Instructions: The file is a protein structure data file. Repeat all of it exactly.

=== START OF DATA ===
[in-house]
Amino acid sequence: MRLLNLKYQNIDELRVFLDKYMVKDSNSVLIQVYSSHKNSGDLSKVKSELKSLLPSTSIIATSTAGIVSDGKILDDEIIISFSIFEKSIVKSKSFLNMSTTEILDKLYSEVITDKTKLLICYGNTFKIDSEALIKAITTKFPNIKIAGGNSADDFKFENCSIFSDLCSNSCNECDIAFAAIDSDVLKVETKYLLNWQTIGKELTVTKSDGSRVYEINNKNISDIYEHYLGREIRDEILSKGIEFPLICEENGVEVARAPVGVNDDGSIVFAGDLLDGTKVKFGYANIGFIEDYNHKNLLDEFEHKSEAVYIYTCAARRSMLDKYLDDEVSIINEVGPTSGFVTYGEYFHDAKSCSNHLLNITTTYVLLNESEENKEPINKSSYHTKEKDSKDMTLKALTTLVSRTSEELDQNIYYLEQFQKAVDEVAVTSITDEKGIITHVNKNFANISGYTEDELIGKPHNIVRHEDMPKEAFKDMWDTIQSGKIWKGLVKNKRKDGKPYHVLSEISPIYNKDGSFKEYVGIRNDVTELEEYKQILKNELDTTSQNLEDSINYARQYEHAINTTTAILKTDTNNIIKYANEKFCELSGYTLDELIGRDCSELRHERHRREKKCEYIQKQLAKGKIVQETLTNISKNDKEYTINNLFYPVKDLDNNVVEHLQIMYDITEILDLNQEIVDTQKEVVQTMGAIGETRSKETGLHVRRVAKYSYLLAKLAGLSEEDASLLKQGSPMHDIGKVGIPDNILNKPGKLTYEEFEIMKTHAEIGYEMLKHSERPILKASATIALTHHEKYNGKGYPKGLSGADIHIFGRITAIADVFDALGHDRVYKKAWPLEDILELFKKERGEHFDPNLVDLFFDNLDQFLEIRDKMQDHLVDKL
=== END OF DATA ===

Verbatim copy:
[in-house]
Amino acid sequence: MRLLNLKYQNIDELRVFLDKYMVKDSNSVLIQVYSSHKNSGDLSKVKSELKSLLPSTSIIATSTAGIVSDGKILDDEIIISFSIFEKSIVKSKSFLNMSTTEILDKLYSEVITDKTKLLICYGNTFKIDSEALIKAITTKFPNIKIAGGNSADDFKFENCSIFSDLCSNSCNECDIAFAAIDSDVLKVETKYLLNWQTIGKELTVTKSDGSRVYEINNKNISDIYEHYLGREIRDEILSKGIEFPLICEENGVEVARAPVGVNDDGSIVFAGDLLDGTKVKFGYANIGFIEDYNHKNLLDEFEHKSEAVYIYTCAARRSMLDKYLDDEVSIINEVGPTSGFVTYGEYFHDAKSCSNHLLNITTTYVLLNESEENKEPINKSSYHTKEKDSKDMTLKALTTLVSRTSEELDQNIYYLEQFQKAVDEVAVTSITDEKGIITHVNKNFANISGYTEDELIGKPHNIVRHEDMPKEAFKDMWDTIQSGKIWKGLVKNKRKDGKPYHVLSEISPIYNKDGSFKEYVGIRNDVTELEEYKQILKNELDTTSQNLEDSINYARQYEHAINTTTAILKTDTNNIIKYANEKFCELSGYTLDELIGRDCSELRHERHRREKKCEYIQKQLAKGKIVQETLTNISKNDKEYTINNLFYPVKDLDNNVVEHLQIMYDITEILDLNQEIVDTQKEVVQTMGAIGETRSKETGLHVRRVAKYSYLLAKLAGLSEEDASLLKQGSPMHDIGKVGIPDNILNKPGKLTYEEFEIMKTHAEIGYEMLKHSERPILKASATIALTHHEKYNGKGYPKGLSGADIHIFGRITAIADVFDALGHDRVYKKAWPLEDILELFKKERGEHFDPNLVDLFFDNLDQFLEIRDKMQDHLVDKL